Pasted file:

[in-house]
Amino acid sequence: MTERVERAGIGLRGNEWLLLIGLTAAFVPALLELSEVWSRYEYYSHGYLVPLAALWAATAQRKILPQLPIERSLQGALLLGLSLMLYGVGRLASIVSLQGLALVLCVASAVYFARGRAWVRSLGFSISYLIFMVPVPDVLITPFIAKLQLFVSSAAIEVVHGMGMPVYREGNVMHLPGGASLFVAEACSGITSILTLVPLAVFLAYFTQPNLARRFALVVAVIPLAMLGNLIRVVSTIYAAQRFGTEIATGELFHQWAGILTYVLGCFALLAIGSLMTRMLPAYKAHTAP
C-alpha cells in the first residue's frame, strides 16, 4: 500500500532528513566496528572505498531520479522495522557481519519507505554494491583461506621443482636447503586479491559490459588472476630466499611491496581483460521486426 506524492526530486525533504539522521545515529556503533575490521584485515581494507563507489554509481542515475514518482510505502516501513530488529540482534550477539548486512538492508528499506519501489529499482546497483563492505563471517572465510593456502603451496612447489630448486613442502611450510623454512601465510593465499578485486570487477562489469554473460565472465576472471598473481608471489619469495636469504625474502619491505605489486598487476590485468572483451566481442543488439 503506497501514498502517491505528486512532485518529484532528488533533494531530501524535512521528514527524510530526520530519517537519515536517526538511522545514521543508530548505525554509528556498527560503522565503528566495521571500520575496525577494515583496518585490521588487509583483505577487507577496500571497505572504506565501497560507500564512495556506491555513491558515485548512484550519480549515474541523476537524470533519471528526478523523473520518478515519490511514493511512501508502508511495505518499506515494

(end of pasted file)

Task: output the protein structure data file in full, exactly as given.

[in-house]
Amino acid sequence: MTERVERAGIGLRGNEWLLLIGLTAAFVPALLELSEVWSRYEYYSHGYLVPLAALWAATAQRKILPQLPIERSLQGALLLGLSLMLYGVGRLASIVSLQGLALVLCVASAVYFARGRAWVRSLGFSISYLIFMVPVPDVLITPFIAKLQLFVSSAAIEVVHGMGMPVYREGNVMHLPGGASLFVAEACSGITSILTLVPLAVFLAYFTQPNLARRFALVVAVIPLAMLGNLIRVVSTIYAAQRFGTEIATGELFHQWAGILTYVLGCFALLAIGSLMTRMLPAYKAHTAP
C-alpha cells in the first residue's frame, strides 16, 4: 500500500532528513566496528572505498531520479522495522557481519519507505554494491583461506621443482636447503586479491559490459588472476630466499611491496581483460521486426 506524492526530486525533504539522521545515529556503533575490521584485515581494507563507489554509481542515475514518482510505502516501513530488529540482534550477539548486512538492508528499506519501489529499482546497483563492505563471517572465510593456502603451496612447489630448486613442502611450510623454512601465510593465499578485486570487477562489469554473460565472465576472471598473481608471489619469495636469504625474502619491505605489486598487476590485468572483451566481442543488439 503506497501514498502517491505528486512532485518529484532528488533533494531530501524535512521528514527524510530526520530519517537519515536517526538511522545514521543508530548505525554509528556498527560503522565503528566495521571500520575496525577494515583496518585490521588487509583483505577487507577496500571497505572504506565501497560507500564512495556506491555513491558515485548512484550519480549515474541523476537524470533519471528526478523523473520518478515519490511514493511512501508502508511495505518499506515494